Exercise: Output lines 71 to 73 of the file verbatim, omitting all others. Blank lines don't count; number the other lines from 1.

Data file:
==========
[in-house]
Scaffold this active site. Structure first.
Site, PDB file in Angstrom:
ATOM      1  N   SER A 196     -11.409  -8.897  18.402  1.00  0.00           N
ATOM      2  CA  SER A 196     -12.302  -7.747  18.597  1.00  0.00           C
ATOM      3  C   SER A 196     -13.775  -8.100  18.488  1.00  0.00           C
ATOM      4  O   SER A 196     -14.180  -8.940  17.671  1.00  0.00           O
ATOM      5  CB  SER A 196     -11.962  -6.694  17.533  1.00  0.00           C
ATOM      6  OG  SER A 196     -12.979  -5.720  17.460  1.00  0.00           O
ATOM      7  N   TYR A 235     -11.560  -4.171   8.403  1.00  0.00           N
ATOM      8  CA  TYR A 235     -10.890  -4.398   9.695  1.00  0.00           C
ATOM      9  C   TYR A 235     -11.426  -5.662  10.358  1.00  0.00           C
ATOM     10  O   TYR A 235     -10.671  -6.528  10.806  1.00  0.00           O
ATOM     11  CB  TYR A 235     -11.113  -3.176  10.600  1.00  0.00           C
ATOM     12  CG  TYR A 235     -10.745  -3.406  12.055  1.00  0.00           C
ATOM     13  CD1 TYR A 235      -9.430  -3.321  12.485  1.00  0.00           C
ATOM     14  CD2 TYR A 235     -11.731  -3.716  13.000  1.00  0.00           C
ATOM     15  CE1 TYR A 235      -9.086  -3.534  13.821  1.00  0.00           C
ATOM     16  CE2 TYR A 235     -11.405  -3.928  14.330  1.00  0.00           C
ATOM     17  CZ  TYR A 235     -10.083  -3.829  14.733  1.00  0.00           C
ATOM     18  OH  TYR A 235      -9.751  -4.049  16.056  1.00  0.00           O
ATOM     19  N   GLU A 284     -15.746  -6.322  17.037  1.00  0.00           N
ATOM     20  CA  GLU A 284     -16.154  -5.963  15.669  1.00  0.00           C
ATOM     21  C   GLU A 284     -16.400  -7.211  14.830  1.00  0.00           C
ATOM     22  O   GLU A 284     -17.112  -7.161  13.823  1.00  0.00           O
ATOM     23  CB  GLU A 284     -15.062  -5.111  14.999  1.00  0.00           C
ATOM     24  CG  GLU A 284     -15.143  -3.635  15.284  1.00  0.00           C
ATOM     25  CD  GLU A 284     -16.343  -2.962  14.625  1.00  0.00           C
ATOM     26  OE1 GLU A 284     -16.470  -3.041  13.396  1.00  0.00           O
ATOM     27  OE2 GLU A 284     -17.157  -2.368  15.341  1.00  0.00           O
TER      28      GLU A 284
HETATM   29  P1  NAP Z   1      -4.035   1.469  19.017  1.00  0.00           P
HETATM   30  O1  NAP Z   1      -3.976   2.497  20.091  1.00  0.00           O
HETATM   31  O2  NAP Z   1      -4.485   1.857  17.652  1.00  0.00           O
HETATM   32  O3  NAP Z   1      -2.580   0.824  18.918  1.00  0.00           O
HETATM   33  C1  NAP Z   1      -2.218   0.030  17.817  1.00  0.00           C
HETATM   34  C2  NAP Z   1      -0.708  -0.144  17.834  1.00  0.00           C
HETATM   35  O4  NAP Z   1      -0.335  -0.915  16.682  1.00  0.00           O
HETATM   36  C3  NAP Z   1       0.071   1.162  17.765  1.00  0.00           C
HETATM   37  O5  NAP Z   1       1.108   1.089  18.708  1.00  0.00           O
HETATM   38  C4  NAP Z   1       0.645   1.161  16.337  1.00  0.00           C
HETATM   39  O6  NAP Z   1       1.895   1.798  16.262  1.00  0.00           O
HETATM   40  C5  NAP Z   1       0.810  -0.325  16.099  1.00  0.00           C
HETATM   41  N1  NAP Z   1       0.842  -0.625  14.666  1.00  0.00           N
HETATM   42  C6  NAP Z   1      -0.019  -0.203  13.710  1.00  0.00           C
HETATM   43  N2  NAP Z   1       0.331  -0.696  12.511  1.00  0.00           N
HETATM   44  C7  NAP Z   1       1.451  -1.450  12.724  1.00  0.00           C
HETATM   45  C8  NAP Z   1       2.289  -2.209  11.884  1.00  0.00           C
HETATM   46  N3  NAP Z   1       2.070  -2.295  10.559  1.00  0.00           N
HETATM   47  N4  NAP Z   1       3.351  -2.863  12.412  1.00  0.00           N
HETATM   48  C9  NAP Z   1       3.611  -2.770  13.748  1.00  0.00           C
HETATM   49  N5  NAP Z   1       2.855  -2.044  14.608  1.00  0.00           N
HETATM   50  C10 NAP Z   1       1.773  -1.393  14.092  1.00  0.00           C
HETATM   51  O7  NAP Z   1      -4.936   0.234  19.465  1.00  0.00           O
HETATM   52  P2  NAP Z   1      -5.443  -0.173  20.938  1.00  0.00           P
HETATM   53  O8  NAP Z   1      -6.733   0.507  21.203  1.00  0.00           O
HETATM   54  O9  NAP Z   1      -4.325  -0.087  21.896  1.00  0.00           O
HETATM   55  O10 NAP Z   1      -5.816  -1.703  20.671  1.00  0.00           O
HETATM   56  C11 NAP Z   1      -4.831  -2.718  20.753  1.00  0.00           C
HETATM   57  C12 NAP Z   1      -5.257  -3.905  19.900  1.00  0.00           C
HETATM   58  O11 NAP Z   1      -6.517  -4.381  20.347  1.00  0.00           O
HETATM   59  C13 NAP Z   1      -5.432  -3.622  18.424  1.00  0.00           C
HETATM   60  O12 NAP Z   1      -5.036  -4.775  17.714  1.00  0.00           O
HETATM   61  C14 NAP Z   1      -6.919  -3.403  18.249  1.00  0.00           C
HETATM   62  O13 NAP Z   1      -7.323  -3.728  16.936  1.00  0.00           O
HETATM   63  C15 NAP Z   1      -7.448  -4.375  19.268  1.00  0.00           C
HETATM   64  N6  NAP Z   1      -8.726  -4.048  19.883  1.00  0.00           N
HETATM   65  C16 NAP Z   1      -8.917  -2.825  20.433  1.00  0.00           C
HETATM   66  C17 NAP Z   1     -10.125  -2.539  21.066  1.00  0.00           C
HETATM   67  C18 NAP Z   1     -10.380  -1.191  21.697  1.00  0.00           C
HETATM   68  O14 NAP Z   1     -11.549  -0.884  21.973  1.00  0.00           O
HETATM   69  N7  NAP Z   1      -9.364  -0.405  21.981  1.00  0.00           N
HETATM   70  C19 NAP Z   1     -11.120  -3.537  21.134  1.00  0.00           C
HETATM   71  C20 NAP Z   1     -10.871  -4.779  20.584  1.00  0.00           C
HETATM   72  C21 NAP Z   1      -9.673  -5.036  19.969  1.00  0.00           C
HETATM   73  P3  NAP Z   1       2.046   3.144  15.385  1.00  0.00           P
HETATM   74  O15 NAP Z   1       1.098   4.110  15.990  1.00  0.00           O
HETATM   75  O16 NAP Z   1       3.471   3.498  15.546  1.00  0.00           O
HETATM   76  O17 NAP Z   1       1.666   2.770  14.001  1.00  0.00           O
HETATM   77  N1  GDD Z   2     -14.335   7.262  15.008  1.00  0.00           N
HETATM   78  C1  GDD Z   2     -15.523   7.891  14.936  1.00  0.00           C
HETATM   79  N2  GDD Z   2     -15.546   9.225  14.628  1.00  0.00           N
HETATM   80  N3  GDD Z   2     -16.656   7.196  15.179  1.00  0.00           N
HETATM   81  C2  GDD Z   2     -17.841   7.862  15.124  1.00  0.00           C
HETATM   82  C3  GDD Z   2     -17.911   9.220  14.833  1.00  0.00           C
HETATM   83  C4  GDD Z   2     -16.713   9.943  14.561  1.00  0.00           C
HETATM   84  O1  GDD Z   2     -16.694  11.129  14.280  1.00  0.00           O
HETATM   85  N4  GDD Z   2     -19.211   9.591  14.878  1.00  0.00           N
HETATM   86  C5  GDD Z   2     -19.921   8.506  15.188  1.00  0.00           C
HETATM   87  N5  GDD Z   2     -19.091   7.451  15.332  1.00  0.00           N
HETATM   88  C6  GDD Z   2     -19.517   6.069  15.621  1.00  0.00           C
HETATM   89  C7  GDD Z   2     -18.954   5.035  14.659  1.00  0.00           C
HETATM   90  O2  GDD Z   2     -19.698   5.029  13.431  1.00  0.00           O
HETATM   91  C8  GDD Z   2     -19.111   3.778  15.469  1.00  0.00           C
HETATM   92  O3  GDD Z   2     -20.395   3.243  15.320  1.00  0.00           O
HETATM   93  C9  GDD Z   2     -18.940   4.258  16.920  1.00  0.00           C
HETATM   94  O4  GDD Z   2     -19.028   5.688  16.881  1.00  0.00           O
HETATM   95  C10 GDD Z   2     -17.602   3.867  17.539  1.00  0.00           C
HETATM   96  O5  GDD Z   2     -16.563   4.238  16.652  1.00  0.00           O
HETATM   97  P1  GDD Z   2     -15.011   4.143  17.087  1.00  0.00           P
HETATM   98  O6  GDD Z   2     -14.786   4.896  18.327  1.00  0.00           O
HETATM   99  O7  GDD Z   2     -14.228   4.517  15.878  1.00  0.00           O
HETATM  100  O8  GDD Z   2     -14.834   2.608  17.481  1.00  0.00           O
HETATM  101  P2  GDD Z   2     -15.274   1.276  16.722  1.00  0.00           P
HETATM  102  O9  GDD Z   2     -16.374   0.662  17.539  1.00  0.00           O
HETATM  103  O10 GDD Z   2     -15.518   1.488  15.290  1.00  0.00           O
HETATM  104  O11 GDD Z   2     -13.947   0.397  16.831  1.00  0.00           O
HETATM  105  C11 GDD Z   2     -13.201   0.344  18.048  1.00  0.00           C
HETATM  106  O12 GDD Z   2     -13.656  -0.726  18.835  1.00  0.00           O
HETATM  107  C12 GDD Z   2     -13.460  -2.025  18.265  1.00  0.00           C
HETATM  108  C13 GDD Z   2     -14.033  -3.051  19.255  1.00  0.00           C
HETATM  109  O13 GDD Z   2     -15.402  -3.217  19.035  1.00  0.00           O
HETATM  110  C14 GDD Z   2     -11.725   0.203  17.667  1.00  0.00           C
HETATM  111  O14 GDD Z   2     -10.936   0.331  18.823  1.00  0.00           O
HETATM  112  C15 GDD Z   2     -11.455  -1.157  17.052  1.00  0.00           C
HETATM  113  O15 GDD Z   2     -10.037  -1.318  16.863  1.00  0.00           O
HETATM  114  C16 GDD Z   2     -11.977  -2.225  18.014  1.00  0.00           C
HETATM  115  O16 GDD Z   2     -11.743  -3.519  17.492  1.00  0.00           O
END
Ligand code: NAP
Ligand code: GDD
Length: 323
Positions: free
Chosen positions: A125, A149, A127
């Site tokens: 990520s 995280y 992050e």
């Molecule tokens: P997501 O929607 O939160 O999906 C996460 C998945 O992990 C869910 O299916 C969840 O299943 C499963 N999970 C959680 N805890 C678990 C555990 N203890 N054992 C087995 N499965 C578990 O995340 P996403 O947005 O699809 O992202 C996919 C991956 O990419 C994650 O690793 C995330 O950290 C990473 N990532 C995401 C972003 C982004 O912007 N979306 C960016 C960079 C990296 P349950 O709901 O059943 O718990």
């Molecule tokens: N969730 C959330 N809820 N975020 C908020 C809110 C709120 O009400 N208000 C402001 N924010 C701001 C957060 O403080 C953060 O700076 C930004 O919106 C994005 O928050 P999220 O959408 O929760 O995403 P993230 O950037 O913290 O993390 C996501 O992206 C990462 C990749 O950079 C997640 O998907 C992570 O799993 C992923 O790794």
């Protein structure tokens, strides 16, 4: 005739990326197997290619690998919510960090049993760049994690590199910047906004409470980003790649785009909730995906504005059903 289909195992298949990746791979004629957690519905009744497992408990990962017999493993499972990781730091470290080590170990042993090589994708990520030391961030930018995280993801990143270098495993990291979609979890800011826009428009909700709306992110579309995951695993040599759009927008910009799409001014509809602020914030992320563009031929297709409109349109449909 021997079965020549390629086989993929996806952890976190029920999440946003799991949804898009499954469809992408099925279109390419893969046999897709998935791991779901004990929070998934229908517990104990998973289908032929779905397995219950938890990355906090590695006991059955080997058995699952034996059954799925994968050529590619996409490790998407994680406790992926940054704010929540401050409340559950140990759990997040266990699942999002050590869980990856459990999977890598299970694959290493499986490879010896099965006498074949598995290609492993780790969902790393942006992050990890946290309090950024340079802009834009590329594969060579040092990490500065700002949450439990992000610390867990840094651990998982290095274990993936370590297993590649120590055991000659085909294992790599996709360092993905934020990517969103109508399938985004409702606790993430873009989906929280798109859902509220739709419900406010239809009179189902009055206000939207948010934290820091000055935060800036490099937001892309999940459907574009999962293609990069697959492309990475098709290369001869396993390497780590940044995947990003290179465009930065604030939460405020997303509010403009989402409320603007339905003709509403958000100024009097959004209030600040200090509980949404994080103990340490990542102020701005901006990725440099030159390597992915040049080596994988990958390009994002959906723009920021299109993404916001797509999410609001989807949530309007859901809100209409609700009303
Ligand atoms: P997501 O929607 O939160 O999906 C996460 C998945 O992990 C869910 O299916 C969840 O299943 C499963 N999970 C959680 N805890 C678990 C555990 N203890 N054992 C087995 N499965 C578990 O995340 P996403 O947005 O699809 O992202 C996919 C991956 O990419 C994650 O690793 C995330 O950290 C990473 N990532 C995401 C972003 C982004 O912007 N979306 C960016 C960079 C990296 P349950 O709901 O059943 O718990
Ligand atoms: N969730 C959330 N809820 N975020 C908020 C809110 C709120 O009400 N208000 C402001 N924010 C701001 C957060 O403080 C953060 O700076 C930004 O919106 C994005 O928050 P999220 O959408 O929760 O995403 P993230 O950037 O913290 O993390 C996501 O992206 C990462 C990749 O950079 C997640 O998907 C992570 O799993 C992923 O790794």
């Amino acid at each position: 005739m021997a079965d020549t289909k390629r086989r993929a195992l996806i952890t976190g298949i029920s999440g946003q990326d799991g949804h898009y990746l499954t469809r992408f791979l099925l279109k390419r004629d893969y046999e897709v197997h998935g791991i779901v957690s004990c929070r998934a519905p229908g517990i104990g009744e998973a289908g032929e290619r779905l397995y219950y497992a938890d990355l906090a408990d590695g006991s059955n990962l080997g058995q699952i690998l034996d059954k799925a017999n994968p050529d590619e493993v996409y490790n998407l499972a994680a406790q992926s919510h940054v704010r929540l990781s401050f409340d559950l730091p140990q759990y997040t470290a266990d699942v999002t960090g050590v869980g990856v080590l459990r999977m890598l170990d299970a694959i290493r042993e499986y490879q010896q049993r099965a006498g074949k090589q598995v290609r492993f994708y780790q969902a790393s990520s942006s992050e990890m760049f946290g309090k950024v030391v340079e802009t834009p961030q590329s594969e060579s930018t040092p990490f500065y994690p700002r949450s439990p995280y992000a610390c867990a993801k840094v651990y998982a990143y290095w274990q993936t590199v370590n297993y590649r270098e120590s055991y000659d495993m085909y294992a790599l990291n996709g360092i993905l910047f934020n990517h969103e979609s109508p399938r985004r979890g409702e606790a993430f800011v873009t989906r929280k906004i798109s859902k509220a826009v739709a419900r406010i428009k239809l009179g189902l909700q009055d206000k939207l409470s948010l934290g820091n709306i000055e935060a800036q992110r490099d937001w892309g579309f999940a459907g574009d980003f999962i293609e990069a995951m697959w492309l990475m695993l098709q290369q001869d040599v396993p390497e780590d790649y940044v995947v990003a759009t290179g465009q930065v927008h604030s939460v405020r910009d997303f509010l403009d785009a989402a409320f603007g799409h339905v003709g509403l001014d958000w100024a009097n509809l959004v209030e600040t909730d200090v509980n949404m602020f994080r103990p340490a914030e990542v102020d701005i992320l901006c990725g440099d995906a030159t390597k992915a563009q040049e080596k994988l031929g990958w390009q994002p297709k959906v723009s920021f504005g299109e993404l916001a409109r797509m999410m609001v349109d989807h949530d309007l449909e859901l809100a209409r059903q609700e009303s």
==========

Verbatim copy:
HETATM   68  O14 NAP Z   1     -11.549  -0.884  21.973  1.00  0.00           O
HETATM   69  N7  NAP Z   1      -9.364  -0.405  21.981  1.00  0.00           N
HETATM   70  C19 NAP Z   1     -11.120  -3.537  21.134  1.00  0.00           C